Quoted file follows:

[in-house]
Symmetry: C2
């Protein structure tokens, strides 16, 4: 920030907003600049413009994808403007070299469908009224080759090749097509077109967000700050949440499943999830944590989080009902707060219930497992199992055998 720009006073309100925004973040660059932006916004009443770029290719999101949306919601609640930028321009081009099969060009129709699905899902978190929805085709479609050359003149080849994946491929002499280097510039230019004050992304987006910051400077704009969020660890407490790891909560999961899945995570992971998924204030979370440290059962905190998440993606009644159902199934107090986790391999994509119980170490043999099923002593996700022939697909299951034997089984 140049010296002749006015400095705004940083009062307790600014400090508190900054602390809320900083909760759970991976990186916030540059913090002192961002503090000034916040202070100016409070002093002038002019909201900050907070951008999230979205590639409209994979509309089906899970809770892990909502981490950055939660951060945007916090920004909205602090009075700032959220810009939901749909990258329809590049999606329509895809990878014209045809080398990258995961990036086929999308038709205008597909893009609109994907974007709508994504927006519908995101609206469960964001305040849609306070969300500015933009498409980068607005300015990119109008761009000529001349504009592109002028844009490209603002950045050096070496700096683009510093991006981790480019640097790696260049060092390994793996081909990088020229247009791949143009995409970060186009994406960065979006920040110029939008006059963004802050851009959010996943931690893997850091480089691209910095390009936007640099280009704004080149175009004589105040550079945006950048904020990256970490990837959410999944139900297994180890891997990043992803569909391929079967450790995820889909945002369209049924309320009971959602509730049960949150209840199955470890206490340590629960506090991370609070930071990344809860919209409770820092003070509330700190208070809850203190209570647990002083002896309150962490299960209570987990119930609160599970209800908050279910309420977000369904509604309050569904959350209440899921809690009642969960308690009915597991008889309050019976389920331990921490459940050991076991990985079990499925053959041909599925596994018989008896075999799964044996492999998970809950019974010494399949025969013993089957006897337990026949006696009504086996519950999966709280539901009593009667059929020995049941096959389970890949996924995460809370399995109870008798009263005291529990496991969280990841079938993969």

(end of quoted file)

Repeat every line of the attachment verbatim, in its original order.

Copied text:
[in-house]
Symmetry: C2
């Protein structure tokens, strides 16, 4: 920030907003600049413009994808403007070299469908009224080759090749097509077109967000700050949440499943999830944590989080009902707060219930497992199992055998 720009006073309100925004973040660059932006916004009443770029290719999101949306919601609640930028321009081009099969060009129709699905899902978190929805085709479609050359003149080849994946491929002499280097510039230019004050992304987006910051400077704009969020660890407490790891909560999961899945995570992971998924204030979370440290059962905190998440993606009644159902199934107090986790391999994509119980170490043999099923002593996700022939697909299951034997089984 140049010296002749006015400095705004940083009062307790600014400090508190900054602390809320900083909760759970991976990186916030540059913090002192961002503090000034916040202070100016409070002093002038002019909201900050907070951008999230979205590639409209994979509309089906899970809770892990909502981490950055939660951060945007916090920004909205602090009075700032959220810009939901749909990258329809590049999606329509895809990878014209045809080398990258995961990036086929999308038709205008597909893009609109994907974007709508994504927006519908995101609206469960964001305040849609306070969300500015933009498409980068607005300015990119109008761009000529001349504009592109002028844009490209603002950045050096070496700096683009510093991006981790480019640097790696260049060092390994793996081909990088020229247009791949143009995409970060186009994406960065979006920040110029939008006059963004802050851009959010996943931690893997850091480089691209910095390009936007640099280009704004080149175009004589105040550079945006950048904020990256970490990837959410999944139900297994180890891997990043992803569909391929079967450790995820889909945002369209049924309320009971959602509730049960949150209840199955470890206490340590629960506090991370609070930071990344809860919209409770820092003070509330700190208070809850203190209570647990002083002896309150962490299960209570987990119930609160599970209800908050279910309420977000369904509604309050569904959350209440899921809690009642969960308690009915597991008889309050019976389920331990921490459940050991076991990985079990499925053959041909599925596994018989008896075999799964044996492999998970809950019974010494399949025969013993089957006897337990026949006696009504086996519950999966709280539901009593009667059929020995049941096959389970890949996924995460809370399995109870008798009263005291529990496991969280990841079938993969």